The Background

Some of the things we do to PREpare for the book are look into the History of book burning, come to know where we stand on some of the big ideas with an anticipation activity in the book, and get to know the author a bit.

Getting to Know When Ray Bradbury Wrote the Book

  • Censorship and the history of book burning.
  • We use this to get introduced to what led up to and away from the tense atmosphere in the 1950’s as we talk about censorship and move into McCarthyism. Senator Joseph McCarthy illustrated for us all that fear, paranoia and sensationalism are dangerous things.

Getting to Know Ray Bradbury

Here you will find a resource to familiarize yourself with the life, work and philosophy of Ray Bradbury. Who was he? Why did he become the person he became? How did he become that person? What would Ray Bradbury want of you? from you? for you? How would he tell you? What would be your reply to his request?

One thing about the death of a great person is the promise of immortality. With the death of Ray Bradbury, we have the opportunity to pass on into the future a message of great import instructing us to take our selves and love our way into the world.

In the following embedded Fresh Air radio broadcasted interview called Writer Ray Bradbury (station WHYY) from November 17th, 2000, Mr. Bradbury says many things. These initial questions could give you an angle from which to consider Mr. Bradbury’s comments.

  1. How old was Mr. Bradbury when he learned to read?
  2. Name three authors who are just some of Mr. Bradbury’s biggest inspirations?
  3. What do teachers do? And What do libraries do?
  4. When he was 12 years old . . .
    1. What did he do every day after his experiences when he was 12 years old?
    2. What happened when Mr. Bradbury when he was 12 years old?
    3. A month after his discovery when he was 12, he met a man. Who was that man?
    4. What did he become after his experiences when he was 12 years old?
  5. Who wrote the book Fahrenheit 451? Where did the author’s come from?
  6. Who is responsible for the writing of Fahrenheit 451?
  7. Who is Clarisse? What is she? What does she inspire Montag, the main character, to do?
  8. Who is Aldous Huxley to Mr. Bradbury?
  9. What did Aldous Huxley tell Mr. Bradbury? What kind of writer did Huxley tell Mr. Bradbury he was?
  10. What is the most important book in Bradbury’s life?
  11. What book did Bradbury write when he was in his thirties that was inspired by The Christmas Carol by Charles Dickens?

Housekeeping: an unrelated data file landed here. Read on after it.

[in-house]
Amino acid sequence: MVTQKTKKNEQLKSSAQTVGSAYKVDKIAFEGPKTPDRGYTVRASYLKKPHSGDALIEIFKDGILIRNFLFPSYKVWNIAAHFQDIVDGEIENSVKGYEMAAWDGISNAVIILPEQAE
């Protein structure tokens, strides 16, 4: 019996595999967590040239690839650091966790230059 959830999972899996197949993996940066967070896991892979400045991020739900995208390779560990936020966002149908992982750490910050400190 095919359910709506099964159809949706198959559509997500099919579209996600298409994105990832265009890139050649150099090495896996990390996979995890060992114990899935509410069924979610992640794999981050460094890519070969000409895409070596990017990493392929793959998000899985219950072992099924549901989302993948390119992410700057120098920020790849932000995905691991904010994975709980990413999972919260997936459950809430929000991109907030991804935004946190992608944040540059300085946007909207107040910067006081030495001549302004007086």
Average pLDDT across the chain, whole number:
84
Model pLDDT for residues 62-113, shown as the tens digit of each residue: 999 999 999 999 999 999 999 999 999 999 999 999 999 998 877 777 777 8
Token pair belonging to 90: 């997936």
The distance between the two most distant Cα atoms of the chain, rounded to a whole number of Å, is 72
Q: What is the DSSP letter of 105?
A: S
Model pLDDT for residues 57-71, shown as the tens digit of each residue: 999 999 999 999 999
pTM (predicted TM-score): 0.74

12. What kind of experience should reading be? Could reading be?
  13. What is the answer to life?
  14. Why does Mr. Bradbury think his books are popular?
  15. What is at the center of his books?
  16. How old was Mr. Bradbury when he “discovered” he was alive?
  17. You must “love what you do and do what you love.” What instructions does Mr. Bradbury give to young people on this idea?
  18. What should be the center of your life?
  19. What epitaph does Mr. Bradbury give us to remember him by?
  20. What T-shirt is Mr. Bradbury going to have made?
  21. How can you interpret this figurative statement?
  22. Ray Bradbury mentioned that he was surrounded by people who did not believe in the future. Do you believe the world is full of people who do not believe in the future? What does Mr. Bradbury believe you can do to instill hope for the future in people who seem hopeless? What did he do?
  23. What could Mr. Bradbury have meant when he said, “By doing things, things get done”?
  24. What could Mr. Bradbury have meant by, “The things you do should be things that you love, and things that you love should be things that you do.”

Additionally, I offer a text-based (easier to quote) interview which is part of a series from the Paris Review – The Art of Fiction No. 203, Ray Bradbury.

This is the June 6th announcement of the death of Ray Bradbury (died June 5, 2012) on National Public Radio’s Morning Edition.

SYMBOLISM & Allegory – The most important things to pay attention to.

We will look at Symbolism as it is so fully dealt with in Fahrenheit 451.

OTHER essential knowledge includes Complete Jewish Bible – especially of the Book of Ecclesiastes, the New Testament and primary texts of all other religious systems.

Getting into the Book

RIGHT BEFORE WE ACTUALLY CRACK IT OPEN

There ARE TWO Tasks to complete when you are finished reading the book.

FIRST, consider the FINAL EXAM QUESTIONS. You will pick one after we finish reading Section 1.These are the  FINAL EXAM QUESTIONS

  1. What is the point of Fahrenheit 451?  When we read books, we usually come away from  our reading experience a little richer, having given more thought to a particular aspect of life. What do you think Ray Bradbury intended us to gain from reading his novel? Support your answer with multiple details, direct quotations, from the novel.
  2. What are the main conflicts in the story? Are all the conflicts resolved at the end of the story? Explain how or why not. Support your answer with multiple details, direct quotations, from the novel.
  3. “I’ll get hold of it so it’ll never run off. I’ll hold onto the world tight some day. I’ve got one finger on it now; that’s a beginning.” What does Montag mean? Why does he feel this way? Support your answer with multiple details, direct quotations, from the novel.